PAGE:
Novel Writing: Planting, Foreshadowing or Withholding Info

Those who’ve never written a novel often do not understand the actual process. Novels are often drafted without some crucial elements, which the writer then goes back and inserts.
Writing Tip for Today: Planting, foreshadowing or withholding information can have a profound effect on a story. Here are some tips for using these techniques:

  • Manage Your Reader. The reader’s experience is guided by what info you give or withhold. If you don’t gradually foreshadow or plant an idea, it will seem to jump out of nowhere and thus be less believable. Build these concepts by giving the reader glimpses of that idea before it bursts onto a scene.
  • When Genius Strikes, Make Notes! I’m one of those novelists who often gets great ideas for layering a character’s arc when I’m well-into the draft. Instead of stopping everything to go back and insert the idea (aka a “PLANT”), I’ll start writing as if the idea was in place and make a plot note to go back and flesh out the idea later. Helps keep you from always tinkering with your story until that all-important draft is done.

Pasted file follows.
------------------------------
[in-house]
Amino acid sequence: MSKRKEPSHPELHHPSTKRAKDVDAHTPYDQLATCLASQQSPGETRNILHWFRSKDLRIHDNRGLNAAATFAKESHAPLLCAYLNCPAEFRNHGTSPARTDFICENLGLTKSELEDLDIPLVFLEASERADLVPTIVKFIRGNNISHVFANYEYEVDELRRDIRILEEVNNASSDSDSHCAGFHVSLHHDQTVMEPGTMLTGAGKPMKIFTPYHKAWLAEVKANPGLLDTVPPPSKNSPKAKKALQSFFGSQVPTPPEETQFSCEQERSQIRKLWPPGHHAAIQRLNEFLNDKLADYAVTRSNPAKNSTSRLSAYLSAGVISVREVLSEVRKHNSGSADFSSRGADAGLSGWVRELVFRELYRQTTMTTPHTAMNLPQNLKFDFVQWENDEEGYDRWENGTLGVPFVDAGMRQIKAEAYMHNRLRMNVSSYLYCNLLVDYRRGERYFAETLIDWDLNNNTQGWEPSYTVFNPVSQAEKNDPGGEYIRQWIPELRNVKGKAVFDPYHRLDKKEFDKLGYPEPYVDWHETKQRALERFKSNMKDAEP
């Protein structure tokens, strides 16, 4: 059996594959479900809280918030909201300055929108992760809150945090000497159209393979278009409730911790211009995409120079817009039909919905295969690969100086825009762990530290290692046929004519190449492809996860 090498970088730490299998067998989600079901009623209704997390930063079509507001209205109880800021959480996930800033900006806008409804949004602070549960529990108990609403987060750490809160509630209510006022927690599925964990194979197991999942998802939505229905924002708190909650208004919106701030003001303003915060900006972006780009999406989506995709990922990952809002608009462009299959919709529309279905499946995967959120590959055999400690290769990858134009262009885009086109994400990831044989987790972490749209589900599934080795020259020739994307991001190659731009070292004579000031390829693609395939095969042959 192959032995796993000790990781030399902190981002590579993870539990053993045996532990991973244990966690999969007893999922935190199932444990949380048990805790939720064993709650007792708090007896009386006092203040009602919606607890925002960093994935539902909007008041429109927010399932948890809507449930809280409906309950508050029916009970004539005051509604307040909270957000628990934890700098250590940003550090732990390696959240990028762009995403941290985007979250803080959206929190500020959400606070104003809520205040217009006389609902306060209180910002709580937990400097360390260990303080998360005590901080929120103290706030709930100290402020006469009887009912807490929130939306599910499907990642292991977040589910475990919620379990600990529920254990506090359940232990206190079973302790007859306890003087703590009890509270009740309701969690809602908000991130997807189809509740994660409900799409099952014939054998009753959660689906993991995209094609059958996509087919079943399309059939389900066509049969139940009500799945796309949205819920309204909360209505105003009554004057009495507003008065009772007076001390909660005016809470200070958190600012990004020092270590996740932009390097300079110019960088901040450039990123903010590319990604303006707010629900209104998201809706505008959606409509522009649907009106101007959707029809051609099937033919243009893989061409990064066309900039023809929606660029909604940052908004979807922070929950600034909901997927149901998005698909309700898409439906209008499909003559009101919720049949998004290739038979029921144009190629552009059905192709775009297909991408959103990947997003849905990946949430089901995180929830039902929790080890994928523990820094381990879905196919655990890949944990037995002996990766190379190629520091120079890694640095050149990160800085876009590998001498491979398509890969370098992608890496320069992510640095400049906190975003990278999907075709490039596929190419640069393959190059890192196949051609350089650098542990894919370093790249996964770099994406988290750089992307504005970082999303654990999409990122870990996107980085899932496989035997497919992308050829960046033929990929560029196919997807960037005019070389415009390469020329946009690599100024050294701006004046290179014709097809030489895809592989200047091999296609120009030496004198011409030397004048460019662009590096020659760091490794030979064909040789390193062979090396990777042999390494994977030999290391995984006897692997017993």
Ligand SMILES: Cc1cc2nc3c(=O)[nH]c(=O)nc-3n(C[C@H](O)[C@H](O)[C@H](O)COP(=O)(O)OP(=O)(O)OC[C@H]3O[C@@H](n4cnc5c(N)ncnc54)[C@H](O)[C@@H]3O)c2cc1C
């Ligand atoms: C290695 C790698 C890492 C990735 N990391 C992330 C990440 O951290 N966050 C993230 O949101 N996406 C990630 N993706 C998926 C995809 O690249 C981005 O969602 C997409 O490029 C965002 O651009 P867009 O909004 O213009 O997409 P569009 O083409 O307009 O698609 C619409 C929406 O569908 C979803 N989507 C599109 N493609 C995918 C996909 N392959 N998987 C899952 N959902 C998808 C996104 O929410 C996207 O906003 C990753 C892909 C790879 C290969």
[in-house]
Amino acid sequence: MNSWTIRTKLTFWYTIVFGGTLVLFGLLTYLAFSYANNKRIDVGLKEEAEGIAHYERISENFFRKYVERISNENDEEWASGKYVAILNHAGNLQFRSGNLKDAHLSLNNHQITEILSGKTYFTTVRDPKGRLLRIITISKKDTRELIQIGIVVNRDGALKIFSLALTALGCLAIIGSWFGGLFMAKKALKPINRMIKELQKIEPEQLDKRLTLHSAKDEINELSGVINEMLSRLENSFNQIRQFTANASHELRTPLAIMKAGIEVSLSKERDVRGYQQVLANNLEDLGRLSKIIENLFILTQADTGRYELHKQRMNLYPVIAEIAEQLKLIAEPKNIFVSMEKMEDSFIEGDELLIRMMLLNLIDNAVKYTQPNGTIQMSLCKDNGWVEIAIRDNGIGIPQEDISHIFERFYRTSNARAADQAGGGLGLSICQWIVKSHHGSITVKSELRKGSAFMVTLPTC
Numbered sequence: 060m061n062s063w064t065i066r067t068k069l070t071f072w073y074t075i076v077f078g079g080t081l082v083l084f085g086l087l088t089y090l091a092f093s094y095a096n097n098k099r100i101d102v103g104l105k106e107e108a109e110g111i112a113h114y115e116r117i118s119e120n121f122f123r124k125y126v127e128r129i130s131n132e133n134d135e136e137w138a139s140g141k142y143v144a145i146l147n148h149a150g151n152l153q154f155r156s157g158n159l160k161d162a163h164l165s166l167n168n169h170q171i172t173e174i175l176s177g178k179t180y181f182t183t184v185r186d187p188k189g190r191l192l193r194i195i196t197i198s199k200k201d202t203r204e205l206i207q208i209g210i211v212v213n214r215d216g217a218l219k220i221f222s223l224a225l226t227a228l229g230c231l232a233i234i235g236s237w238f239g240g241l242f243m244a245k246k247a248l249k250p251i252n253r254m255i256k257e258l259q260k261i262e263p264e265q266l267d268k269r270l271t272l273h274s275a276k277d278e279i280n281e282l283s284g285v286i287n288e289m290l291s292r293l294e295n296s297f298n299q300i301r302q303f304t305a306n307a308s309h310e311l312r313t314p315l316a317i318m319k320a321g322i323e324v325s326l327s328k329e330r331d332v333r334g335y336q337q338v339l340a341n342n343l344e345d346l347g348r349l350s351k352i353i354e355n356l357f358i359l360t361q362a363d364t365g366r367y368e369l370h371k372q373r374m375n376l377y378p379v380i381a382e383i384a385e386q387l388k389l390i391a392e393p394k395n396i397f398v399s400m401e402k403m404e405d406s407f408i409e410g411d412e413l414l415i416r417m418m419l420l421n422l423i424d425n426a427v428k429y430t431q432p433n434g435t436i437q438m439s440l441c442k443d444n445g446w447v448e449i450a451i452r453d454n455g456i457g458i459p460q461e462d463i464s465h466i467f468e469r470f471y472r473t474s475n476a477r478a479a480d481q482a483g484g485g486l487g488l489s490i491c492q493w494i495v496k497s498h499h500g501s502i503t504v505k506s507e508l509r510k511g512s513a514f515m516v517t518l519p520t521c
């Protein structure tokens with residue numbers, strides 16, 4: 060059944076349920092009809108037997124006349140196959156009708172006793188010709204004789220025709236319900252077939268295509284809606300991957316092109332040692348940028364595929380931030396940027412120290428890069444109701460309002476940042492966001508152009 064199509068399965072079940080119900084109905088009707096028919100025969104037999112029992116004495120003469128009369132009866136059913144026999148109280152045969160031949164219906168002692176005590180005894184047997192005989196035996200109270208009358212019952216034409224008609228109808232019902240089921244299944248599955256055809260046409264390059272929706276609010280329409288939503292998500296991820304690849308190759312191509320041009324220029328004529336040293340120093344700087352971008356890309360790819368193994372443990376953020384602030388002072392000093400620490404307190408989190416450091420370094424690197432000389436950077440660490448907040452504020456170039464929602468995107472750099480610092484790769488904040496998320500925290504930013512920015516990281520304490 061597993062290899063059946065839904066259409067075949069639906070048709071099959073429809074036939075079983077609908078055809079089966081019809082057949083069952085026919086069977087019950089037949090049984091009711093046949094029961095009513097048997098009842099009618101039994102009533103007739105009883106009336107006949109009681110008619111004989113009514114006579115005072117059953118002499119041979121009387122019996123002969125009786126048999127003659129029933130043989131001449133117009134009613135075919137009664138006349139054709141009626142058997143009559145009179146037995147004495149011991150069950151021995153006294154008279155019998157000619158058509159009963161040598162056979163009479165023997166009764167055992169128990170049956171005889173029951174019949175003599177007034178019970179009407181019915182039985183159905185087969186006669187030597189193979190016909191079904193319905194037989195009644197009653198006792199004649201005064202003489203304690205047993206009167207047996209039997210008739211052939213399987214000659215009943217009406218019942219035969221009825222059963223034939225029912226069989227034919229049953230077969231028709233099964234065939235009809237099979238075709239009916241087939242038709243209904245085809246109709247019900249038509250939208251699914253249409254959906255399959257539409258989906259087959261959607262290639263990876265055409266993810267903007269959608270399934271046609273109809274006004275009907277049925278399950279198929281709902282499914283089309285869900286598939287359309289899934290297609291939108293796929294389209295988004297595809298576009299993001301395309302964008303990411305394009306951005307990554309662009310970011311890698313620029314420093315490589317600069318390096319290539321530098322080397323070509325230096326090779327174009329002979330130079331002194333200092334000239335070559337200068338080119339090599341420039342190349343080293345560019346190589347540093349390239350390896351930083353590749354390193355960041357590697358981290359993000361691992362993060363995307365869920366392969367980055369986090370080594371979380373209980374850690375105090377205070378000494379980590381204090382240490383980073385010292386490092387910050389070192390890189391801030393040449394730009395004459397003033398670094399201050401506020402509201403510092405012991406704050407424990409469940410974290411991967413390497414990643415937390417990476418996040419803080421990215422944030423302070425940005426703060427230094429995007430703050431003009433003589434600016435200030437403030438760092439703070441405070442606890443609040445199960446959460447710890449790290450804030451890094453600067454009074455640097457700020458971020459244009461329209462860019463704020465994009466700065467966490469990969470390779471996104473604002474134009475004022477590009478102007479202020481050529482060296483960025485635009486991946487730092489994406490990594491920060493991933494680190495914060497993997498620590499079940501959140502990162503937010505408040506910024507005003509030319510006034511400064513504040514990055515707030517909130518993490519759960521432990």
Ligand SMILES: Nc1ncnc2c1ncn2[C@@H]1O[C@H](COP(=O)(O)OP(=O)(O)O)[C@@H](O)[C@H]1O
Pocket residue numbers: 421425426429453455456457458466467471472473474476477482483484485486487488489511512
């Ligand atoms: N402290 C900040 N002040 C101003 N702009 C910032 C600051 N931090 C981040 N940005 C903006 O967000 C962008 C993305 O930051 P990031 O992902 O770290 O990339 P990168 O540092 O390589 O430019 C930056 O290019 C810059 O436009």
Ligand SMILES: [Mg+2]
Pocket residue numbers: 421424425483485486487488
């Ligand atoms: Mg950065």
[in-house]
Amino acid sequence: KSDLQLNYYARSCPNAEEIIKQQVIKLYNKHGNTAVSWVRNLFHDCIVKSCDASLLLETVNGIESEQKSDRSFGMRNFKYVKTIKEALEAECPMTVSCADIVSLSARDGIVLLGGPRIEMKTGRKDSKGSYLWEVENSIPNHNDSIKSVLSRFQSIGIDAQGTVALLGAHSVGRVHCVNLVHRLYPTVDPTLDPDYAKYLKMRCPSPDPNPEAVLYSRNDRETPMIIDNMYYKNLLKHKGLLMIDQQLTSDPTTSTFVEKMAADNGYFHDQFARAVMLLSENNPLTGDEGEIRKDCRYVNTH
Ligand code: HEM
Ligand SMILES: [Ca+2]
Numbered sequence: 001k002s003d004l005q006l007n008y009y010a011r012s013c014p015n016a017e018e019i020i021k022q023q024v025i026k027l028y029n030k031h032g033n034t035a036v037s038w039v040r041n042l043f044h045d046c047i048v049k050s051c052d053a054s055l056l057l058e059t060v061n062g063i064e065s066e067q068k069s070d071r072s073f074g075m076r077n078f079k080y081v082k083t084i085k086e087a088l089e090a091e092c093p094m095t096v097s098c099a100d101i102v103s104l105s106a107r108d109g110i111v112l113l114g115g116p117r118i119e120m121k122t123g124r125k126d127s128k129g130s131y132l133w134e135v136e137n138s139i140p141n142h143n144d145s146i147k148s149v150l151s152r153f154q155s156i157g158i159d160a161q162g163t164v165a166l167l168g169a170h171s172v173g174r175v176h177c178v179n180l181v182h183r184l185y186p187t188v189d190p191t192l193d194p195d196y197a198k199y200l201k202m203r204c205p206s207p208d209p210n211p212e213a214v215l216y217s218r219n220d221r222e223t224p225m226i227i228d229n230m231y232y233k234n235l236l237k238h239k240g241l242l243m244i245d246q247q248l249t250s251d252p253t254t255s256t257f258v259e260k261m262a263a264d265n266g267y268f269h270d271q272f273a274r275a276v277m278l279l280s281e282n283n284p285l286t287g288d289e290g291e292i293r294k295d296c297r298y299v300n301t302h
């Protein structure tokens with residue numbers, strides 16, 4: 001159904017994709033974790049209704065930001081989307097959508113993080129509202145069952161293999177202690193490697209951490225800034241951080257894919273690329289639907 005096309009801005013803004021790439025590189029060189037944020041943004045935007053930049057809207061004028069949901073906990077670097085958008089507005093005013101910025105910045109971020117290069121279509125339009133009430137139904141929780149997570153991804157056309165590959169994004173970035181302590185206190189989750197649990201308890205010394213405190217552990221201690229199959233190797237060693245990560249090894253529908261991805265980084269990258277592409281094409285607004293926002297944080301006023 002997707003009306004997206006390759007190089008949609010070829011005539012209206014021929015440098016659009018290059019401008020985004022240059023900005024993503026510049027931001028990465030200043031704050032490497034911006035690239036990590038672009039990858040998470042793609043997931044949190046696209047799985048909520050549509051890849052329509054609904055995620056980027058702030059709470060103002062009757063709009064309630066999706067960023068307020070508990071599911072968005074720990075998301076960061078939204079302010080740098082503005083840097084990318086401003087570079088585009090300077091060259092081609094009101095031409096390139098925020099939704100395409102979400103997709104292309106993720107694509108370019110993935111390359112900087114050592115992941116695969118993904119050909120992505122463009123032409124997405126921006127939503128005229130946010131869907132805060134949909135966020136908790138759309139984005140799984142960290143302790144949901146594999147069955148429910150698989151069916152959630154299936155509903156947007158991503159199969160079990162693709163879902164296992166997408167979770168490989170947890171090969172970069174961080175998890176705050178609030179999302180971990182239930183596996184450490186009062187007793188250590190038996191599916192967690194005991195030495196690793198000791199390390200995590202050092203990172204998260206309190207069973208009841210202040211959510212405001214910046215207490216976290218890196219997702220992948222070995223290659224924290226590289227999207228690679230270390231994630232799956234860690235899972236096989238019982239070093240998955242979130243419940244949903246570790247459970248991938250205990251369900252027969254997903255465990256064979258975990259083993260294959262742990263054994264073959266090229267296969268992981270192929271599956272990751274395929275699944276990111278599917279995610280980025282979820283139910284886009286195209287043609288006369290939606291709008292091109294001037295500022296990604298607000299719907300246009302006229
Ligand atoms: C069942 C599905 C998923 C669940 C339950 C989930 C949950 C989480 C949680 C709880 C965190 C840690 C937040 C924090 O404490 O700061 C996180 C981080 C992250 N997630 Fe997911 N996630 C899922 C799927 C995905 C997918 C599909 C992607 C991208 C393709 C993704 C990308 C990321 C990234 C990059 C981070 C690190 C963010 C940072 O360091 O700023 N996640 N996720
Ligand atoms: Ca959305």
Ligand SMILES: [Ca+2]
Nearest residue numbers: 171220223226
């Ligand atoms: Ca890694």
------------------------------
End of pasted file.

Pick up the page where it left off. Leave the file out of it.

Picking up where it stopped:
• Think Globally. Only after a draft is complete will you as a writer see where subplots need to be strengthened or muted, where foreshadowing feels light or heavy and where you need to retain an element of surprise by withholding crucial info. By waiting until your draft is complete to go back and season your draft, you’ll be able to sense more accurately where these plants, foreshadows and withholds need to be.

About Linda S. Clare

I'm an author, speaker, writing coach and mentor. I teach both fiction and nonfiction writing at Lane Community College and in the doctoral program as expert writing advisor for George Fox University. I love helping writers improve their craft and I'm both an avid reader and writer of stories about those with wounded hearts.

3 comments on “Novel Writing: Planting, Foreshadowing or Withholding Info

    • Leauxra, Foreshadowing is tricky I agree! My method is to go ahead and use the sledgehammer and then later pull it back. A good writer’s group helps! Thanks for your comment. ~Linda

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